Brussels is experiencing a heatwave as I draw into the city’s central station, where dust can be seen dancing in the sunlit strips of light that pour in from the clamour outside. It is my first time in the Belgian capital, and I emerge to find a joyful cacophony of architectural styles under a clear blue sky, art deco squished in next to red brick apartment blocks and austere modernist concrete constructions. The windows on most buildings are generous, offering a glimpse into the high-ceilinged interiors within. Many of the city’s independent downtown galleries, such as Dauwens & Beernaert, Office Baroque and Mendes Wood DM, are housed within former homes, banks or other vernacular structures, adding to the sense that the art scene is naturally embedded within the quotidian comings and goings of city life itself. On my first night in Brussels, many galleries celebrate the upcoming opening of this year’s Art Brussels, which is now in its fiftieth year, with late-night hours and parties. Students, curators and collectors alike congregate, spilling out onto the streets as the heat holds even whilst the sun goes down, smoking casually and lounging on the pavement as they sip their ubiquitous blonde beers.
Belgian beers can be dangerously beguiling, and I blame the party at Sorry We’re Closed, and the 2000-strong beer list at the iconic Delirium Bar, for my somewhat fuzzy head the next day. It is set to be another gloriously sunny day as I arrive early to Art Brussels, for which 147 galleries have travelled from thirty-two countries. Founded in 1968, the fair has played an important role in the growth of the city’s art scene to become one of the most important hubs in Europe for independent and institutional exhibitions alike. It is housed each year in a former train station and a series of industrial warehouses, with swooping ceilings and immense windows. The atmosphere is relaxed and, as I begin to explore, it feels very much like a continuation of the previous evening, with gallerists and artists joking together, and speaking passionately and emphatically about the work on display.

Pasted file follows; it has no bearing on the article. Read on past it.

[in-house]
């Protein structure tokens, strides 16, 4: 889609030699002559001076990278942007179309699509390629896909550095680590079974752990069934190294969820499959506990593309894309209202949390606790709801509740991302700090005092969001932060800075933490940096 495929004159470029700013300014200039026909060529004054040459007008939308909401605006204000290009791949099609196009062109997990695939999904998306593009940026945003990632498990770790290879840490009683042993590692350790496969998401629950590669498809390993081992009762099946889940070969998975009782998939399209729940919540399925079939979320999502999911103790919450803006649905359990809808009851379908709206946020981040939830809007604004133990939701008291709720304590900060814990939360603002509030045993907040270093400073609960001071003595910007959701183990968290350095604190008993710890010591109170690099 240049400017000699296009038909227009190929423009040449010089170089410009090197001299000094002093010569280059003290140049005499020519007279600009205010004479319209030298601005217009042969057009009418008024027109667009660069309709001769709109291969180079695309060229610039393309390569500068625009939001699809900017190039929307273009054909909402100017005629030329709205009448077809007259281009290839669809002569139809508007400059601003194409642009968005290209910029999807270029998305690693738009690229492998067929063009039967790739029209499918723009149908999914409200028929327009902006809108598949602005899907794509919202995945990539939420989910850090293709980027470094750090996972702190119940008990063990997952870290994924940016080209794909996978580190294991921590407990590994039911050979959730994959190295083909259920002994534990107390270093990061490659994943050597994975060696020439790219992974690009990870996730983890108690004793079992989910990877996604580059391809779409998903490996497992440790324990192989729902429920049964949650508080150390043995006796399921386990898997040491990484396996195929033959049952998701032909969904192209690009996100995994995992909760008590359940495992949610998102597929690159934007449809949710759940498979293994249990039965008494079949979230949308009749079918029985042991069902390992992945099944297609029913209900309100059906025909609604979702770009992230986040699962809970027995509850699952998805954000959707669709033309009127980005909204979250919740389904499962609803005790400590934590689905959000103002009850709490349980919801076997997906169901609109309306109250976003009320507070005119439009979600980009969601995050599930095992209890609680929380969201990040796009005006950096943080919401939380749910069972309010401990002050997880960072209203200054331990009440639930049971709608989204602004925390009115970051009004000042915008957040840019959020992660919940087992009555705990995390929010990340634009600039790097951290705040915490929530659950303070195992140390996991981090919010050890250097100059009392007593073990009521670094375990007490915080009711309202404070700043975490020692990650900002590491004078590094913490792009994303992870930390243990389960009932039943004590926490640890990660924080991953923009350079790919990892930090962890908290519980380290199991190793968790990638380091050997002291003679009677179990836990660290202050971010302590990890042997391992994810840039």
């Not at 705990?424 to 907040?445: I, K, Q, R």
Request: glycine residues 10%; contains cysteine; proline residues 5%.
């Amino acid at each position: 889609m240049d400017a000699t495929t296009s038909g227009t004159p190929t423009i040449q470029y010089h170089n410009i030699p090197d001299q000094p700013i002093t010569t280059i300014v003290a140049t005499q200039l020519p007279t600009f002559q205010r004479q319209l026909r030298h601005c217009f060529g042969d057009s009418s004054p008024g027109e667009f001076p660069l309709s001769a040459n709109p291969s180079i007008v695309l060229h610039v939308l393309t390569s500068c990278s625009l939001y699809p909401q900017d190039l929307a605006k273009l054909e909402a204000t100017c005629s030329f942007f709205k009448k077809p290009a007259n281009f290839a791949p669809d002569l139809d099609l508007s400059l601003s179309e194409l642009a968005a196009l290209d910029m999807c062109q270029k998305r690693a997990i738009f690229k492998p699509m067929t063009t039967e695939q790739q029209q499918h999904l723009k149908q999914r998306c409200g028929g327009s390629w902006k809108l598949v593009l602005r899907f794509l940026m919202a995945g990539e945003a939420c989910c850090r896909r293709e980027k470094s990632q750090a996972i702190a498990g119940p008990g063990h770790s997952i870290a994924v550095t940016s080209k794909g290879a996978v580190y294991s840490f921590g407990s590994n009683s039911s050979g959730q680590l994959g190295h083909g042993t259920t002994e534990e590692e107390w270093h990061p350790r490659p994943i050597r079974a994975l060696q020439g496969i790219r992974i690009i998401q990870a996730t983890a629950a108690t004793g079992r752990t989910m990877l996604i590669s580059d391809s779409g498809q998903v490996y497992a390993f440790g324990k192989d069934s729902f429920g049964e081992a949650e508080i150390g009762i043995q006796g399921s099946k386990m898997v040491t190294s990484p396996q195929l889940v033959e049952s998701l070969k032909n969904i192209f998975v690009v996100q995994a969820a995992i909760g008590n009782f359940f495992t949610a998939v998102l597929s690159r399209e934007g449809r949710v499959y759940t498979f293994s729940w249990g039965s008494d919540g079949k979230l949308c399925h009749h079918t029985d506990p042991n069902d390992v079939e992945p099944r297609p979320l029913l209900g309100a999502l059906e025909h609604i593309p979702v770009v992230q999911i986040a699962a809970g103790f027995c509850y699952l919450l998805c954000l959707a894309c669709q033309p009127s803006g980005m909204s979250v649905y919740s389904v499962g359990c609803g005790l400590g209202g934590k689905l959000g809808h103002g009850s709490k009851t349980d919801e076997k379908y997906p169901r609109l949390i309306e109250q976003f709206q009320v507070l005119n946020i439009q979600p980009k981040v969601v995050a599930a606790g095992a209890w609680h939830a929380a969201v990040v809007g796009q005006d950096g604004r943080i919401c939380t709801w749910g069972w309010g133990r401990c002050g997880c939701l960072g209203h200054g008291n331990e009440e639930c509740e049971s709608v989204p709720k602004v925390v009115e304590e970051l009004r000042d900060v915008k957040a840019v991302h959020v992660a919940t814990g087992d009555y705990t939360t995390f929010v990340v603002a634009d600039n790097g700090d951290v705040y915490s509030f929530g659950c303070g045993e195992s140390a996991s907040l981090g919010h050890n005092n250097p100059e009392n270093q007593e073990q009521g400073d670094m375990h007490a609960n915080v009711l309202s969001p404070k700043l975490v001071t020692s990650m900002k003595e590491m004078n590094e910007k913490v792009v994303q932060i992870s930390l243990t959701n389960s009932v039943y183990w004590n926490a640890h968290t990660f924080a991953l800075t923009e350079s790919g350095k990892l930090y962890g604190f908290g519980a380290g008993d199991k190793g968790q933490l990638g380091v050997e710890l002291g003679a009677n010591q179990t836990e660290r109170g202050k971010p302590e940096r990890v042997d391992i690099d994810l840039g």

The fair’s flagship artistic project this year is titled Mystic Properties, an exhibition curated by Elena Sorokina of HISK (Higher Institute for Fine Arts) in Ghent, Belgium. It questions the power structures that have shaped the Western canon of art history for centuries, and which continue to govern the buying and selling of art today. The exhibition presents the challenges of owning intangible artworks that do not behave in expected ways: Almudena Lobera’s work presents a mysterious wooden panel wrapped in brown paper, with a signed agreement that the buyer will not open it until the lost panel of the Ghent Alterpiece (stolen in 1934) is found. Meanwhile, Annie Vigier and Franck Apertet’s “acquisition scores”, containing instructions for dances and performances, may be activated by the buyer only seven times before the work is declared to no longer exist. The project raises the responsibility of a collector, and demonstrates the potential for a buyer to take ownership of an artwork in different and surprising ways, and to deepen their personal relationship with the piece.